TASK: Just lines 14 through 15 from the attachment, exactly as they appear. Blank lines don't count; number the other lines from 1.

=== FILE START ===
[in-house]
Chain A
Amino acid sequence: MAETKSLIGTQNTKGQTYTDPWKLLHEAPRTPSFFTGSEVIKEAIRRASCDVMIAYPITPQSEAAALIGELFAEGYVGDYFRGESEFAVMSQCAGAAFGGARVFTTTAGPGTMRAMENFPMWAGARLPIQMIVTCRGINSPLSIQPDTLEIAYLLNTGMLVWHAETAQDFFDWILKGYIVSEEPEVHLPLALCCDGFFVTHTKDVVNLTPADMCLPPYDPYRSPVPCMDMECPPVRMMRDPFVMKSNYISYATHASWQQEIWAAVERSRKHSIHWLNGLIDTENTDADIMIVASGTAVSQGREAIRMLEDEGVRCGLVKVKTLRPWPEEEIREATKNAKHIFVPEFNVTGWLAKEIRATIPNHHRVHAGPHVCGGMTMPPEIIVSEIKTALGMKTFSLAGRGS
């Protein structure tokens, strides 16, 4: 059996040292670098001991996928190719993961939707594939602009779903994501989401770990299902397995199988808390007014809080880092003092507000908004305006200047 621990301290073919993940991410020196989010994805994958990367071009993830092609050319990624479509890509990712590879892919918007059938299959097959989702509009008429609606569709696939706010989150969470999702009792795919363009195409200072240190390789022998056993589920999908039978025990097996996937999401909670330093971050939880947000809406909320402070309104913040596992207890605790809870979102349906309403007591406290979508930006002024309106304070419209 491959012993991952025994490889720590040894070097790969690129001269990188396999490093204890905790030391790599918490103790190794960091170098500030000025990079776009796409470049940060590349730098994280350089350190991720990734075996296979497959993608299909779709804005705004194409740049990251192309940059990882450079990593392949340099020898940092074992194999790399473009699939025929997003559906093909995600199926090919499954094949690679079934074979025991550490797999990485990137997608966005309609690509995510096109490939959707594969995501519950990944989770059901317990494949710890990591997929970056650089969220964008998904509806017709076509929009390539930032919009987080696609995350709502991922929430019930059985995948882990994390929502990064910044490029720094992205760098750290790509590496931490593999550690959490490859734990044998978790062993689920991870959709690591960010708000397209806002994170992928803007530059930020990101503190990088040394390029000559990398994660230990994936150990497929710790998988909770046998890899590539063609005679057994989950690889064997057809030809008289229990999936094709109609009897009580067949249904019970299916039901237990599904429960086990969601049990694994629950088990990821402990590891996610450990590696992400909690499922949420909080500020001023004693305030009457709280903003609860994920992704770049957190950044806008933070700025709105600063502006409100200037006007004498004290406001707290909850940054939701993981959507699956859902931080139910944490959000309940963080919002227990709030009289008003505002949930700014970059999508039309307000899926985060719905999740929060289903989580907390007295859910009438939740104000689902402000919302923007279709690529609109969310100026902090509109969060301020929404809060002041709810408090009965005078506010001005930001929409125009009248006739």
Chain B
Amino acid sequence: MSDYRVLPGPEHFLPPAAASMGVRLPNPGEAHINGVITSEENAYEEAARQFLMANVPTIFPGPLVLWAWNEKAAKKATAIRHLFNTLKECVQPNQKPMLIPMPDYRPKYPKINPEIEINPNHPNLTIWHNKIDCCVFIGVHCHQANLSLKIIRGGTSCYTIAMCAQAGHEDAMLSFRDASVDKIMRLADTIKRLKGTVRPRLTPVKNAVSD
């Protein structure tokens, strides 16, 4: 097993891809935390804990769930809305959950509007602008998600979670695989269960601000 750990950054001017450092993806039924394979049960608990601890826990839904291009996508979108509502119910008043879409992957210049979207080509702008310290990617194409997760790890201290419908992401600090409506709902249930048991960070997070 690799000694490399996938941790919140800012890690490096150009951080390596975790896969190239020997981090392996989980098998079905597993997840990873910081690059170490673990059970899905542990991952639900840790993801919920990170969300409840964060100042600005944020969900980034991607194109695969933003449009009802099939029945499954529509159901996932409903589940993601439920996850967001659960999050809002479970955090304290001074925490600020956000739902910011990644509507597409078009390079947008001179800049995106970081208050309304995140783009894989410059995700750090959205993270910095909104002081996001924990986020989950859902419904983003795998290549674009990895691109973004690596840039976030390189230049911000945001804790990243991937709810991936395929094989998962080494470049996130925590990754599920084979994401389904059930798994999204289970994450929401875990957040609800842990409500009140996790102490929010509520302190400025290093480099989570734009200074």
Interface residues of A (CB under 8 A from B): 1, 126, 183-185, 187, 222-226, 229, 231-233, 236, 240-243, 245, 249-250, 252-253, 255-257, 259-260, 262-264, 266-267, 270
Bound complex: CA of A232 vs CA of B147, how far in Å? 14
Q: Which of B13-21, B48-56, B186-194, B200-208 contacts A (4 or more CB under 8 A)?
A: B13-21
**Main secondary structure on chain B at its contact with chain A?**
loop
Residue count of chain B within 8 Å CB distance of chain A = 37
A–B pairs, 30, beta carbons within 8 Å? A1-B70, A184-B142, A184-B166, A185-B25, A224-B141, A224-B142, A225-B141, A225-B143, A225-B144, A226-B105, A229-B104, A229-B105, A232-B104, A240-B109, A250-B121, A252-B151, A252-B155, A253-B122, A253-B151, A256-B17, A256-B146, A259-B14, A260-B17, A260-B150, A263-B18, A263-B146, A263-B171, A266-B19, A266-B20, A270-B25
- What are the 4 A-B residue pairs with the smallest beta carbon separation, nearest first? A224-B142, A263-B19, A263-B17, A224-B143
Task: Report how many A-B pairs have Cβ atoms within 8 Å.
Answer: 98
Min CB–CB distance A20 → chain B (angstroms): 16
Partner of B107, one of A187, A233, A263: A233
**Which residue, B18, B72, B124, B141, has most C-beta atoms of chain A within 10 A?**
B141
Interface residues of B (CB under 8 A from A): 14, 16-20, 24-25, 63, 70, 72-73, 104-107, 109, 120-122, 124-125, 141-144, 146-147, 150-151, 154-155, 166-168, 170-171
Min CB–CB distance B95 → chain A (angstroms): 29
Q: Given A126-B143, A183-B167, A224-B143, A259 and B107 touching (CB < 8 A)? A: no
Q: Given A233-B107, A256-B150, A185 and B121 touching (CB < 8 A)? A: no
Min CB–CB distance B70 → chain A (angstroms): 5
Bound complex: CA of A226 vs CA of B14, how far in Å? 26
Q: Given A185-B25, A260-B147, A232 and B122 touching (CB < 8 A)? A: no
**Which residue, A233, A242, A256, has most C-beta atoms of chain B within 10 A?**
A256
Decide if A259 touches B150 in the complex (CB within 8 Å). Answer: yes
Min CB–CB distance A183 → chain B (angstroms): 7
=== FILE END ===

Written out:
Residue count of chain B within 8 Å CB distance of chain A = 37
A–B pairs, 30, beta carbons within 8 Å? A1-B70, A184-B142, A184-B166, A185-B25, A224-B141, A224-B142, A225-B141, A225-B143, A225-B144, A226-B105, A229-B104, A229-B105, A232-B104, A240-B109, A250-B121, A252-B151, A252-B155, A253-B122, A253-B151, A256-B17, A256-B146, A259-B14, A260-B17, A260-B150, A263-B18, A263-B146, A263-B171, A266-B19, A266-B20, A270-B25